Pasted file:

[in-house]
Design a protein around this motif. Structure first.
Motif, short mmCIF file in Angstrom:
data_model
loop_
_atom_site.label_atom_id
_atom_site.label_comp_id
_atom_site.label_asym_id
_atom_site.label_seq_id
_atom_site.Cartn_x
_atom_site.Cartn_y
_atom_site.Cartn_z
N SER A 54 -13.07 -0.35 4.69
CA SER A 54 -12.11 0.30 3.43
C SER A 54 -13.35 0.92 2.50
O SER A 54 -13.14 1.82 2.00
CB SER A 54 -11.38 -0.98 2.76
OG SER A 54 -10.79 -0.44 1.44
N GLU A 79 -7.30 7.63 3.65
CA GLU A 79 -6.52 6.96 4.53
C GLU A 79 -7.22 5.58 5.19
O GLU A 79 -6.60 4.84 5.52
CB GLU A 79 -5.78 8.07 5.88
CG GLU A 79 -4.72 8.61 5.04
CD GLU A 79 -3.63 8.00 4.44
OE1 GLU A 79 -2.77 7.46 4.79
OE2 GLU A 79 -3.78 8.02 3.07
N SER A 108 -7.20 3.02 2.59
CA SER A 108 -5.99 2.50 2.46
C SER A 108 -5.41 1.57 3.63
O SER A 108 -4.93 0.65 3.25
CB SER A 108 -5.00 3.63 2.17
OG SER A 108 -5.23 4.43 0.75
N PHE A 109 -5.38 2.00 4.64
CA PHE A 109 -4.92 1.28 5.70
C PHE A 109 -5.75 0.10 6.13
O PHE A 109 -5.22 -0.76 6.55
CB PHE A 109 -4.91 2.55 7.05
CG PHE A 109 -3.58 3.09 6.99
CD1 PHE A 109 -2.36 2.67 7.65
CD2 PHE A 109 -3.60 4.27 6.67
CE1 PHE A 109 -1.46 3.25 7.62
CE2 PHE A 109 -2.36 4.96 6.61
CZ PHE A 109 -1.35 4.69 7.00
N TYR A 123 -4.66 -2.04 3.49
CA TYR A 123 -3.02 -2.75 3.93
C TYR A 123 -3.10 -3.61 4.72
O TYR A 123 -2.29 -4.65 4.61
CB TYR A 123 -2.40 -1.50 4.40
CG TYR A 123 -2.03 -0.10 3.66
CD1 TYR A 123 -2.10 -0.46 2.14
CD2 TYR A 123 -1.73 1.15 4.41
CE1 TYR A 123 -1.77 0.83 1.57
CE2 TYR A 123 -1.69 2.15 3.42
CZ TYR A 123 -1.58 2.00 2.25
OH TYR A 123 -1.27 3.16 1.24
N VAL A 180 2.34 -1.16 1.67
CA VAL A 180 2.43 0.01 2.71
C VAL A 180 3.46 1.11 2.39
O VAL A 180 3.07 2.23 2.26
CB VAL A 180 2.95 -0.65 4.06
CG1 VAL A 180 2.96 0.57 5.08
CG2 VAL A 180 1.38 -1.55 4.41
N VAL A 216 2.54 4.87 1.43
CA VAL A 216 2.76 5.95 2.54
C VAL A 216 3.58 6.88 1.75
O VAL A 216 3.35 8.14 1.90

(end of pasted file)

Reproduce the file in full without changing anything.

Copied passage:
[in-house]
Design a protein around this motif. Structure first.
Motif, short mmCIF file in Angstrom:
data_model
loop_
_atom_site.label_atom_id
_atom_site.label_comp_id
_atom_site.label_asym_id
_atom_site.label_seq_id
_atom_site.Cartn_x
_atom_site.Cartn_y
_atom_site.Cartn_z
N SER A 54 -13.07 -0.35 4.69
CA SER A 54 -12.11 0.30 3.43
C SER A 54 -13.35 0.92 2.50
O SER A 54 -13.14 1.82 2.00
CB SER A 54 -11.38 -0.98 2.76
OG SER A 54 -10.79 -0.44 1.44
N GLU A 79 -7.30 7.63 3.65
CA GLU A 79 -6.52 6.96 4.53
C GLU A 79 -7.22 5.58 5.19
O GLU A 79 -6.60 4.84 5.52
CB GLU A 79 -5.78 8.07 5.88
CG GLU A 79 -4.72 8.61 5.04
CD GLU A 79 -3.63 8.00 4.44
OE1 GLU A 79 -2.77 7.46 4.79
OE2 GLU A 79 -3.78 8.02 3.07
N SER A 108 -7.20 3.02 2.59
CA SER A 108 -5.99 2.50 2.46
C SER A 108 -5.41 1.57 3.63
O SER A 108 -4.93 0.65 3.25
CB SER A 108 -5.00 3.63 2.17
OG SER A 108 -5.23 4.43 0.75
N PHE A 109 -5.38 2.00 4.64
CA PHE A 109 -4.92 1.28 5.70
C PHE A 109 -5.75 0.10 6.13
O PHE A 109 -5.22 -0.76 6.55
CB PHE A 109 -4.91 2.55 7.05
CG PHE A 109 -3.58 3.09 6.99
CD1 PHE A 109 -2.36 2.67 7.65
CD2 PHE A 109 -3.60 4.27 6.67
CE1 PHE A 109 -1.46 3.25 7.62
CE2 PHE A 109 -2.36 4.96 6.61
CZ PHE A 109 -1.35 4.69 7.00
N TYR A 123 -4.66 -2.04 3.49
CA TYR A 123 -3.02 -2.75 3.93
C TYR A 123 -3.10 -3.61 4.72
O TYR A 123 -2.29 -4.65 4.61
CB TYR A 123 -2.40 -1.50 4.40
CG TYR A 123 -2.03 -0.10 3.66
CD1 TYR A 123 -2.10 -0.46 2.14
CD2 TYR A 123 -1.73 1.15 4.41
CE1 TYR A 123 -1.77 0.83 1.57
CE2 TYR A 123 -1.69 2.15 3.42
CZ TYR A 123 -1.58 2.00 2.25
OH TYR A 123 -1.27 3.16 1.24
N VAL A 180 2.34 -1.16 1.67
CA VAL A 180 2.43 0.01 2.71
C VAL A 180 3.46 1.11 2.39
O VAL A 180 3.07 2.23 2.26
CB VAL A 180 2.95 -0.65 4.06
CG1 VAL A 180 2.96 0.57 5.08
CG2 VAL A 180 1.38 -1.55 4.41
N VAL A 216 2.54 4.87 1.43
CA VAL A 216 2.76 5.95 2.54
C VAL A 216 3.58 6.88 1.75
O VAL A 216 3.35 8.14 1.90